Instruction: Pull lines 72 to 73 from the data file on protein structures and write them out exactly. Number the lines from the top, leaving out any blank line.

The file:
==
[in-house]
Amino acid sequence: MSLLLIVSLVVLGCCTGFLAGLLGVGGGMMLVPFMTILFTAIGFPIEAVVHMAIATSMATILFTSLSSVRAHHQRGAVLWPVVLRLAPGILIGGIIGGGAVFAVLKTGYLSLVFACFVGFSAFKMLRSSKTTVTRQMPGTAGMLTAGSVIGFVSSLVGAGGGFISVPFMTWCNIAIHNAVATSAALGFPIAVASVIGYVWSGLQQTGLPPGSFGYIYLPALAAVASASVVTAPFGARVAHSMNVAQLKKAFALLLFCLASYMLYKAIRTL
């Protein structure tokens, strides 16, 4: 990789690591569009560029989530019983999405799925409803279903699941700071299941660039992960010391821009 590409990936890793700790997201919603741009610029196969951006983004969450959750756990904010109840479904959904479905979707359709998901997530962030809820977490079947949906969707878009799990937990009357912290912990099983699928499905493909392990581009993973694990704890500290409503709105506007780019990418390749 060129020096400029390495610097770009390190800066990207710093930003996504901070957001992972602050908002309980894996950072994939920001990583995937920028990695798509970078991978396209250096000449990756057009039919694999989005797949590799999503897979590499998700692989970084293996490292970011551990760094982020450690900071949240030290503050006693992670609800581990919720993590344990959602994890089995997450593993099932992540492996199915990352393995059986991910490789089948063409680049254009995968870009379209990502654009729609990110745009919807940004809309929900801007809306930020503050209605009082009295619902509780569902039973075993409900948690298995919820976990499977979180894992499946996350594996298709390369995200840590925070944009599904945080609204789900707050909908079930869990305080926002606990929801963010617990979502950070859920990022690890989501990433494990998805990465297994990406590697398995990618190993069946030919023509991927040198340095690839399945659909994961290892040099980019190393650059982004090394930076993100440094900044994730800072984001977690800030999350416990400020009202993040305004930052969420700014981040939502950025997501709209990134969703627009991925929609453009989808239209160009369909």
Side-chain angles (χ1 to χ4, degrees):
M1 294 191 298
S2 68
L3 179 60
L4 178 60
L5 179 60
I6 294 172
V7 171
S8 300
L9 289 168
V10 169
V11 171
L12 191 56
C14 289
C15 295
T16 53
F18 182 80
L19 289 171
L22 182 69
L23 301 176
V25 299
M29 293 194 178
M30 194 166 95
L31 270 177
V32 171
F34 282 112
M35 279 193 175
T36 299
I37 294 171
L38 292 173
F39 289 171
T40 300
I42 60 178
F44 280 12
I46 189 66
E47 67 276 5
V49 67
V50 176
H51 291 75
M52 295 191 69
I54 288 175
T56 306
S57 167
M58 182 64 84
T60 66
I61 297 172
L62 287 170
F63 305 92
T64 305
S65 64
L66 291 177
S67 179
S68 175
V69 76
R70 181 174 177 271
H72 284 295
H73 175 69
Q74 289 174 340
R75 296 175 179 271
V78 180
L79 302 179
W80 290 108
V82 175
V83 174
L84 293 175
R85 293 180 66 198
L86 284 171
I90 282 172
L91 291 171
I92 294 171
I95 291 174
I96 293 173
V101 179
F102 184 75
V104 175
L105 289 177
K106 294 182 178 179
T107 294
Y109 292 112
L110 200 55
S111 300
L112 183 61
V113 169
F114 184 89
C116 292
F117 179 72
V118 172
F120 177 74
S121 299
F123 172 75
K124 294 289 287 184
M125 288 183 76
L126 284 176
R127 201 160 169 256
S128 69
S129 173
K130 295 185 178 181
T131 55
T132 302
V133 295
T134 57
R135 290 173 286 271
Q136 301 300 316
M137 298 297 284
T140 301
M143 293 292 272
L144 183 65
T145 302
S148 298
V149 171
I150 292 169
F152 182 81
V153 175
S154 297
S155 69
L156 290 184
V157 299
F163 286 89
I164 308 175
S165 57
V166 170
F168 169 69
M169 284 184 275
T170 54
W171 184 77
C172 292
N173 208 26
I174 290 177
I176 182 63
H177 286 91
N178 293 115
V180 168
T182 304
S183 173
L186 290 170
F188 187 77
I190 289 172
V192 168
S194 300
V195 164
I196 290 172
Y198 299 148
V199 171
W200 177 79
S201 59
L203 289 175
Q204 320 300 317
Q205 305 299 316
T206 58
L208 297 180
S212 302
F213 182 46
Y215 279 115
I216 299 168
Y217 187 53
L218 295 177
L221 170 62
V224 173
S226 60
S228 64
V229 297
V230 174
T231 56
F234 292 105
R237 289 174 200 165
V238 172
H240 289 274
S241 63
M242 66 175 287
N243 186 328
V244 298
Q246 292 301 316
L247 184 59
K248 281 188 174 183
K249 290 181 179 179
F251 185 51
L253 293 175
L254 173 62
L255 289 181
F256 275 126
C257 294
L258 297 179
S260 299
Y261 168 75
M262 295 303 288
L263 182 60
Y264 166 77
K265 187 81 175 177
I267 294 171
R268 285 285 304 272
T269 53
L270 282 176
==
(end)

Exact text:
L91 291 171
I92 294 171